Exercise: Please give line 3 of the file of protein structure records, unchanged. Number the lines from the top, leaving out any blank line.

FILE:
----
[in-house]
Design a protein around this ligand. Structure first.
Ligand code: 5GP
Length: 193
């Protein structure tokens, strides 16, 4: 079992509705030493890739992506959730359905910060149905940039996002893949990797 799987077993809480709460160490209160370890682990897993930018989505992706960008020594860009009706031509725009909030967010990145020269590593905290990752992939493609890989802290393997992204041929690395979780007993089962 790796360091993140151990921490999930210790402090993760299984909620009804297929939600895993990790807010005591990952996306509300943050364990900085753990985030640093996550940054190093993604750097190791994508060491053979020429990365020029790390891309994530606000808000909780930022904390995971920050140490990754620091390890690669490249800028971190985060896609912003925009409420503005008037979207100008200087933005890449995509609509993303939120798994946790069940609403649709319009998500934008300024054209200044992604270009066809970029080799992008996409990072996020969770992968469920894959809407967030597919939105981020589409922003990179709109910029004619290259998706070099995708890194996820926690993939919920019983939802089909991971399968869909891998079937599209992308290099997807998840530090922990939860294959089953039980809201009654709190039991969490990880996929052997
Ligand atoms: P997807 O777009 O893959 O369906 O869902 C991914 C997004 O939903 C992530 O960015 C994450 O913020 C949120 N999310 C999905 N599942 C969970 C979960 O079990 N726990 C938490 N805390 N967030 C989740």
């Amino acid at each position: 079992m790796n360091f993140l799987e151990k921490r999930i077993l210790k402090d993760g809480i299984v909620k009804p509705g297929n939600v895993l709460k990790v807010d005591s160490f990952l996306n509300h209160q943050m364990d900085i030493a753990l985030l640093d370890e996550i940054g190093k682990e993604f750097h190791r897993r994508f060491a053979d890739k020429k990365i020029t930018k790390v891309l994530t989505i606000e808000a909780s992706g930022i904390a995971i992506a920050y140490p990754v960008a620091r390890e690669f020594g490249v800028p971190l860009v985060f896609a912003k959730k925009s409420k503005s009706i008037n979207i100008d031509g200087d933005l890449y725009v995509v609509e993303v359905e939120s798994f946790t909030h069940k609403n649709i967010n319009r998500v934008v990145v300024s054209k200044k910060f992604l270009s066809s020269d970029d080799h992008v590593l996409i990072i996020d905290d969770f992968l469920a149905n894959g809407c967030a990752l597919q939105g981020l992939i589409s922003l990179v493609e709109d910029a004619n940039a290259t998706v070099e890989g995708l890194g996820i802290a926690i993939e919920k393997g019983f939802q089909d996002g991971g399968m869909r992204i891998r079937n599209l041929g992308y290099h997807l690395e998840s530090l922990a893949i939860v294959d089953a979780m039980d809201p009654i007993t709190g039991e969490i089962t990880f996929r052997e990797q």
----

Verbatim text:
Ligand code: 5GP